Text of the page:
About a year ago, her name began to be heard on an international scale. Today, with the announcement of her third EP and after a couple of top-notch remixes, Sofia Kourtesis is consolidating her position on the international scene.
The Berlin-based Peruvian came to the German capital to set up her base there when she was 17 years old. Sofia actually came to Berlin to study filmmaking, but music was always present in her ambitions and goals. At 19, she was part of a hip-hop group, but, as she has admitted, as a rapper she was a disaster.
This would turn her towards electronic music and the German capital’s booths. It is said that her ex, Derwin Schlecker, AKA Gold Panda, had something to do with it, and she was also getting involved in those days as a booker for clubs such as the well-known Funkhaus.
One day, she finished the creation of her first track, a song called WinWin San. She sent it to Axel Boman, a founding member of Studio Barnhus, the Swedish label also run by Kornel Kovacs and Petter Nordkvist. The result: The Swedes loved her track and it appeared on Studio Barnhus Volym 1, the label’s first compilation in 2018.
From the very first moment, the Peruvian’s work has differentiating factors. On a background of variations on house, approaching deep, layers of samples from films and other records are poured, and an unmistakable Andean aroma. Sofia carries her country in her soul, and that transcends in her productions. She declared to a Peruvian publication: “I mix music from various cultures, but with the Peruvian at the centre”.
In 2019 she released two EP on Studio Barhuns, Sofia Kourtesis in March and Sarita Colonia in December. With the second one, the alarm bells went off on an international level. Sofia Kourtesis was beginning to be known beyond the Berlin underground scene.
As a result, the consequent acceleration came and in 2020 she remixed two tracks. The first is 24 hours by Georgia Barnes, daughter of Neil Barnes (Leftfield) better known as simply Georgia. Sofia turns the epic original into an elegant interpretation of the track with a layer of percussion that infuses it with a different energy.
Later, she does the same with HONNE’s La La La La That’s How It Goes, turning an intimate electronic pop piece into a dancefloor-friendly artefact. In these two works a distinctive stamp can be appreciated. Sofia Kourtesis converts sounds after passing them through her personal filter.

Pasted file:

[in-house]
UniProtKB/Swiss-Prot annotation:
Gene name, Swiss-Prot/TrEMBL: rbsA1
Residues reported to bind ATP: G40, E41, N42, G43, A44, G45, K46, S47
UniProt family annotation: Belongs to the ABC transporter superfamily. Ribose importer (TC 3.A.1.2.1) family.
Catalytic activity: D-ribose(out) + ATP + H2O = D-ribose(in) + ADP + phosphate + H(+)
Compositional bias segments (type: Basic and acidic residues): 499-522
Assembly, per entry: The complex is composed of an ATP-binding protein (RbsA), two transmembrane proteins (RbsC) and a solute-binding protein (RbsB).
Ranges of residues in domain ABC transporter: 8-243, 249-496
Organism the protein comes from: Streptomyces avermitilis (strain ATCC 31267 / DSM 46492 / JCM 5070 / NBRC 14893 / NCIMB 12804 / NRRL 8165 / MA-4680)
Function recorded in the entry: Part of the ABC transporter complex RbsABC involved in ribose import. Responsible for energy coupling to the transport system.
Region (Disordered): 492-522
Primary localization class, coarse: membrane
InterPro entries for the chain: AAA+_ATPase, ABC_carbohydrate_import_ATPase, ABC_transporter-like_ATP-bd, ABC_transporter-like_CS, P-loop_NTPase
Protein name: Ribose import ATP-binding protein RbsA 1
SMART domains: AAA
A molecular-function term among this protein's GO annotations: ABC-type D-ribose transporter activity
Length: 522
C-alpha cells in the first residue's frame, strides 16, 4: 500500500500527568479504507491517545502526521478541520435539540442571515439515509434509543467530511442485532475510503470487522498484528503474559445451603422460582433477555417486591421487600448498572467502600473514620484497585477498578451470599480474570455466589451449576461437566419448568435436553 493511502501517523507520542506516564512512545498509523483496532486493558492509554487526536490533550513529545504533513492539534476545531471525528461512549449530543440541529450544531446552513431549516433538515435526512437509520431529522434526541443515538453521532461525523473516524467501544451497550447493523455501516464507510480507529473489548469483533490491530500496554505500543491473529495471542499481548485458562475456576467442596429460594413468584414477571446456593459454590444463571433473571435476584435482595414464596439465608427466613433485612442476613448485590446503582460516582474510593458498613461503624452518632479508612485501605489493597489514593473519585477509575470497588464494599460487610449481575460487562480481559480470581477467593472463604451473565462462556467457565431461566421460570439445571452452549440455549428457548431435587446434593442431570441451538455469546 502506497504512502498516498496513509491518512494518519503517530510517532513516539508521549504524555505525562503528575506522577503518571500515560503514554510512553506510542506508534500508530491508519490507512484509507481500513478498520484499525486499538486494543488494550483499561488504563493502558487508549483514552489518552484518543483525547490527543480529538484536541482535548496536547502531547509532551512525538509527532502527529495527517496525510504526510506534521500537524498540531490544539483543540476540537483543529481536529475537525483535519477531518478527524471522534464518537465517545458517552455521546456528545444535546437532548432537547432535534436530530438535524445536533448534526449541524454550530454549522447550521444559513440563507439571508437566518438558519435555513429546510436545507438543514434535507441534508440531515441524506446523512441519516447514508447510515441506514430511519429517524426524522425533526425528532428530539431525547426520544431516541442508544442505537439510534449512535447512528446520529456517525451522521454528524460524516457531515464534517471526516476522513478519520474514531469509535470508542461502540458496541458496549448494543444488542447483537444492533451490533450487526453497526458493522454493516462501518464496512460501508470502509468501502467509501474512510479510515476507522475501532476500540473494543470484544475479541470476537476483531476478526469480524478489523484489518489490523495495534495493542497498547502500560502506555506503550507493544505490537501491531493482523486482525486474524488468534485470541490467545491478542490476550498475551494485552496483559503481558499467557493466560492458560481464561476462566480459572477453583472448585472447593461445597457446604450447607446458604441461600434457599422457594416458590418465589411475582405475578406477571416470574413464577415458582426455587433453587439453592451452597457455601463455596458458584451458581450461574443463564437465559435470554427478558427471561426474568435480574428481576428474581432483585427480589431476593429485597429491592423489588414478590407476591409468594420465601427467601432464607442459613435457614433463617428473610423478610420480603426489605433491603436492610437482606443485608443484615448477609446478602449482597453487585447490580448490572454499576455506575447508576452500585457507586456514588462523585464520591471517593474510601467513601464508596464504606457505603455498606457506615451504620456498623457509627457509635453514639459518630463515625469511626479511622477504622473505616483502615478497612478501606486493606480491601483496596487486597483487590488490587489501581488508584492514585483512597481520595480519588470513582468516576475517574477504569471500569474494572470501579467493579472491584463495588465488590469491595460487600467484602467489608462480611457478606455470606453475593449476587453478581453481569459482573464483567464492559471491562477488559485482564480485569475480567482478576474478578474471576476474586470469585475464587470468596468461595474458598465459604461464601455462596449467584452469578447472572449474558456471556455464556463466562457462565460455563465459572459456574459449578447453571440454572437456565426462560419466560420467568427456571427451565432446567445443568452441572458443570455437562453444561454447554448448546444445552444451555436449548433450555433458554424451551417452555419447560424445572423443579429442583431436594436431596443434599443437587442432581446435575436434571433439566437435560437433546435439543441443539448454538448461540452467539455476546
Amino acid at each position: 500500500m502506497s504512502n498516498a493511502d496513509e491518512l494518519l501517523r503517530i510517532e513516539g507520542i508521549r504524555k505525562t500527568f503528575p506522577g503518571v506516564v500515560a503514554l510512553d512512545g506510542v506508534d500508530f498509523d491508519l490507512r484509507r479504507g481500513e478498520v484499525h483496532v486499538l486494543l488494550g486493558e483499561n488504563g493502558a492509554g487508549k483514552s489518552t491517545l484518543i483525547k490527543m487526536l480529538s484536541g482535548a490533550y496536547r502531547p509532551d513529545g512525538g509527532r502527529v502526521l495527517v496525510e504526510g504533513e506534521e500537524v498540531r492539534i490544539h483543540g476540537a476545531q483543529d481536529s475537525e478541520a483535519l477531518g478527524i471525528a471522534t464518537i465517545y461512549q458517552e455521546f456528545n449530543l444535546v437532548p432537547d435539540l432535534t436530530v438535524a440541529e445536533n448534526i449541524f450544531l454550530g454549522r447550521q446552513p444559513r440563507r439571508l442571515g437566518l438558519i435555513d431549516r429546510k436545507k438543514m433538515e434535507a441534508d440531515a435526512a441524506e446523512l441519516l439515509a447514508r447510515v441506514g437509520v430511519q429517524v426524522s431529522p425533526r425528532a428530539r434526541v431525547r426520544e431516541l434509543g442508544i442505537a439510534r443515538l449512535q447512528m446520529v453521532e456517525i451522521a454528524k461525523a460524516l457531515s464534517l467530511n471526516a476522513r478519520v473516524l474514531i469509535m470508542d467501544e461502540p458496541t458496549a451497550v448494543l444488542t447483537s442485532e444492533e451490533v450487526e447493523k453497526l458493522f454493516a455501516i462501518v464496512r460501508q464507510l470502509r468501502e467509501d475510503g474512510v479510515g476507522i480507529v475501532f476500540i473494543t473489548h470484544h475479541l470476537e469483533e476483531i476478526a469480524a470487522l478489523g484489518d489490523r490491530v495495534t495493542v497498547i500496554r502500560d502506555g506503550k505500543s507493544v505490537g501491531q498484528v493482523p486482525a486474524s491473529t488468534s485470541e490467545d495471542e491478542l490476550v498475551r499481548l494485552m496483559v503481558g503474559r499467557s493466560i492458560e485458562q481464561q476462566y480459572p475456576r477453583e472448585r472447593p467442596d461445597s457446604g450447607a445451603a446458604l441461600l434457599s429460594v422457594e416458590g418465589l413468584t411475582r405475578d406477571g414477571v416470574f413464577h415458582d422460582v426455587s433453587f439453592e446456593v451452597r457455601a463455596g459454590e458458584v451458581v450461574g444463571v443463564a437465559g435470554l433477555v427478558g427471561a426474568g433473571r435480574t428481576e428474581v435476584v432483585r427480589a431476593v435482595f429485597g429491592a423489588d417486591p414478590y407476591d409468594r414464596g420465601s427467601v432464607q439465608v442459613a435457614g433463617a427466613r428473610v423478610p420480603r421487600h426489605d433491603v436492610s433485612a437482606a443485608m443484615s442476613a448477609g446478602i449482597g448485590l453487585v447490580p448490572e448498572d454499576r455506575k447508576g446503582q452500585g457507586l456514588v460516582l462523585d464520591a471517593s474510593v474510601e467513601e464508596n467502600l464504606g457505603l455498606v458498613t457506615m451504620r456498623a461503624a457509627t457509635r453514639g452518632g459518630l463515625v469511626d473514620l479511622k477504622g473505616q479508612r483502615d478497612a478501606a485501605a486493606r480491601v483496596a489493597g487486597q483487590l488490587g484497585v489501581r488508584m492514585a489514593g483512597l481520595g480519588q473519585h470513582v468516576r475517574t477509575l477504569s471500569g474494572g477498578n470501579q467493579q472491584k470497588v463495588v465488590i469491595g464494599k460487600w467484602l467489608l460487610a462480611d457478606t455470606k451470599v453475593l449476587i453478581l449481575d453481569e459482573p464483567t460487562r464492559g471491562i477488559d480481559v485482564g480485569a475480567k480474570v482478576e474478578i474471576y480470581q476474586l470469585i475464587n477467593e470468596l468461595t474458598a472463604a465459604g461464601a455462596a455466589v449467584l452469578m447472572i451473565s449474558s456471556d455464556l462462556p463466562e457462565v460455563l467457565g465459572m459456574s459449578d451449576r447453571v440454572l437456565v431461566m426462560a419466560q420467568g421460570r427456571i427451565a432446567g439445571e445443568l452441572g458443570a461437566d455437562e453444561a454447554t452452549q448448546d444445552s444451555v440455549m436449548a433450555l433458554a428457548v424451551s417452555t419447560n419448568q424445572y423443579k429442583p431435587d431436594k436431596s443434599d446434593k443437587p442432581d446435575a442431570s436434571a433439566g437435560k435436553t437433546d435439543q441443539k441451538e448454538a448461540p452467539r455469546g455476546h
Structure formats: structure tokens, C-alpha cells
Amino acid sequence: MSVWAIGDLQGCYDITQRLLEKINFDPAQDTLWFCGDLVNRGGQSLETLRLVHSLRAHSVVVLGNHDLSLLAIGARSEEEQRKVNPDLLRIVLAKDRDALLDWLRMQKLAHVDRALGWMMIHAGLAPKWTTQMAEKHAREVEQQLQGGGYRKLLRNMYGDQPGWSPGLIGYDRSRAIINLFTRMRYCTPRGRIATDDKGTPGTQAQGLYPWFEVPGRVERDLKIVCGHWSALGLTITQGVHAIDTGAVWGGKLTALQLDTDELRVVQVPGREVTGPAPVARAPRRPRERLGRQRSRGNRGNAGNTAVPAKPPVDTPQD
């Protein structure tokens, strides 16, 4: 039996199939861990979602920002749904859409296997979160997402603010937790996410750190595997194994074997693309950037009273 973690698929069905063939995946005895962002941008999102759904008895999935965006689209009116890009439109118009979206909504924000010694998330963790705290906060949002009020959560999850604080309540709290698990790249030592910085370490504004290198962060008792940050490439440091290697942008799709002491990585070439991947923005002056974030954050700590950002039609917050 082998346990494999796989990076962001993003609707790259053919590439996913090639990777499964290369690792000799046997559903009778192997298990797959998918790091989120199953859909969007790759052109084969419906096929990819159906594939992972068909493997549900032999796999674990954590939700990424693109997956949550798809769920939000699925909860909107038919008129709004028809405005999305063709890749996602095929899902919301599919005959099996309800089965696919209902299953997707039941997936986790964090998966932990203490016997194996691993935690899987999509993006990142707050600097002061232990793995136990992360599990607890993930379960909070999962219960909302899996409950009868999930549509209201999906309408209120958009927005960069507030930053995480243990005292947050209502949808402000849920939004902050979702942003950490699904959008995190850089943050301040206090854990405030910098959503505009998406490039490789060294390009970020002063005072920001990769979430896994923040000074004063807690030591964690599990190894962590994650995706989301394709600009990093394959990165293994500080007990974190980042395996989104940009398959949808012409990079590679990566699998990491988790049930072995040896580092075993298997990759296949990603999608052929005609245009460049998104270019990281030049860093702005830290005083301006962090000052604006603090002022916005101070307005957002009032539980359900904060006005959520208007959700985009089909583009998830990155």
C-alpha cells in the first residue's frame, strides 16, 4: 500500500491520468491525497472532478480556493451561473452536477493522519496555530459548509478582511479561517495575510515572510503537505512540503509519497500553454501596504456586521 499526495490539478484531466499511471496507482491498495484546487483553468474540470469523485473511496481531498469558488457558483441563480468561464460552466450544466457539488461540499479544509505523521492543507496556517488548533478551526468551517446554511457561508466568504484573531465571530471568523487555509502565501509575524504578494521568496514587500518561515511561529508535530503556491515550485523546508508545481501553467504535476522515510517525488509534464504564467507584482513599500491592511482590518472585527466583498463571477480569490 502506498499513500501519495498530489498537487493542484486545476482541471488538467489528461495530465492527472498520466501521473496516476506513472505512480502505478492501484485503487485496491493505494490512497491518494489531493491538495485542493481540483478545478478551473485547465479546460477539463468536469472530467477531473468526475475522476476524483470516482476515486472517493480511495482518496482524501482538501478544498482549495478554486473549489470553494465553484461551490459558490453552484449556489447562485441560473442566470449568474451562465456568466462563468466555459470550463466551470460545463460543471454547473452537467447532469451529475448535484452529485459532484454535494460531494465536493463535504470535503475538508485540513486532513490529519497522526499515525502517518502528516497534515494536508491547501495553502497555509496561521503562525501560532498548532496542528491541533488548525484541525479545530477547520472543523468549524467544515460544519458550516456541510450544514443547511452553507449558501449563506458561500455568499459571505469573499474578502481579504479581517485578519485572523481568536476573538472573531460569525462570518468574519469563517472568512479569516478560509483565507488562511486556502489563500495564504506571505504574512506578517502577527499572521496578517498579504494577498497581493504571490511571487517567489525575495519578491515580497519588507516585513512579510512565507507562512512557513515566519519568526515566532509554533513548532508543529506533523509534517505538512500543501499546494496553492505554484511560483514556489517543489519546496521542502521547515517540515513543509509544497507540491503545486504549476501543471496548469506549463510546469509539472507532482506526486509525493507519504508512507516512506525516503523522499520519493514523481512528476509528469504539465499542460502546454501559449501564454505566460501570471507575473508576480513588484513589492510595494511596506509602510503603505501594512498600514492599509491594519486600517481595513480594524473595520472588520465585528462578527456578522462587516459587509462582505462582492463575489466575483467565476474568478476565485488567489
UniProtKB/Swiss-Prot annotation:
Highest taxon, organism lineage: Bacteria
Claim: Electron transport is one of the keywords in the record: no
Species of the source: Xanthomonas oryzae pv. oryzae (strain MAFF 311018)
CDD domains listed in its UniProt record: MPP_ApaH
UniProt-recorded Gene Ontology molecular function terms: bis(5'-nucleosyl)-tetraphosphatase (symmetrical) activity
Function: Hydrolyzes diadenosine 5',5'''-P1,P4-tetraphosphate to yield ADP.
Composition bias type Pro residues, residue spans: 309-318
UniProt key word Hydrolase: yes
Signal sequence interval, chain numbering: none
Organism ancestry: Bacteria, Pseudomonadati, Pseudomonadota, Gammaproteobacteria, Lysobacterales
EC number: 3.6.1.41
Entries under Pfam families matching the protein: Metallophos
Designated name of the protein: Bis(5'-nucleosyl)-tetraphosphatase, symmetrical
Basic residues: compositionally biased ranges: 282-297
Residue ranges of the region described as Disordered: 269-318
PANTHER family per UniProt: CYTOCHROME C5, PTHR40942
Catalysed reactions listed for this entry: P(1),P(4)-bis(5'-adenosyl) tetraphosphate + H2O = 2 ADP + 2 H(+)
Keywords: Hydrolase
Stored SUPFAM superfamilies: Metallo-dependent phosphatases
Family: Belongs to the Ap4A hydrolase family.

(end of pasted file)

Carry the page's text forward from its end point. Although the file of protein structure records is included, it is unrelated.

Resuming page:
And just a few days ago, the announcement of her new work arrives, which will be released on March 19th via Technicolour, a sub-label of Ninja Tune Records. Fresia Magdalena is the title of the EP, which will contain five tracks and of which this tremendous track called La Perla comes as a preview. This release (like her previous works) is loaded with meaning and with very personal nuances and circumstances, as Sofia herself declares:
“Fresia is my mother’s name,” she says, “all her life she has fought hard for the people of Magdalena, Peru. This is my tribute to her and to the other activists around the world who work hard to improve the lives of others. We, as musicians, have a responsibility to help our communities make their voices heard – change is needed.
La Perla also leaves us with a small reflection, with bitter overtones for the Peruvian artist:
“Although I’ve sampled my own voice before, this is the first time I’ve actually sung on a track. My dream is to develop a live show and I created La Perla with that in mind. La Perla is about looking at the sea, it’s the first thing I will do when I go back to Peru. My father used to say that looking at the sea is like meditating, it clears your head. This song is for him. It is difficult for me to listen to La Perla, as I wrote it during the time when I lost my father to leukemia. This song is for him, rest in peace dad”.
Sofia Kourtesis is in vertical take-off. Her music is as powerful as the message she wants to convey with it. Her career is almost certainly going to get a more than respectable cruising speed.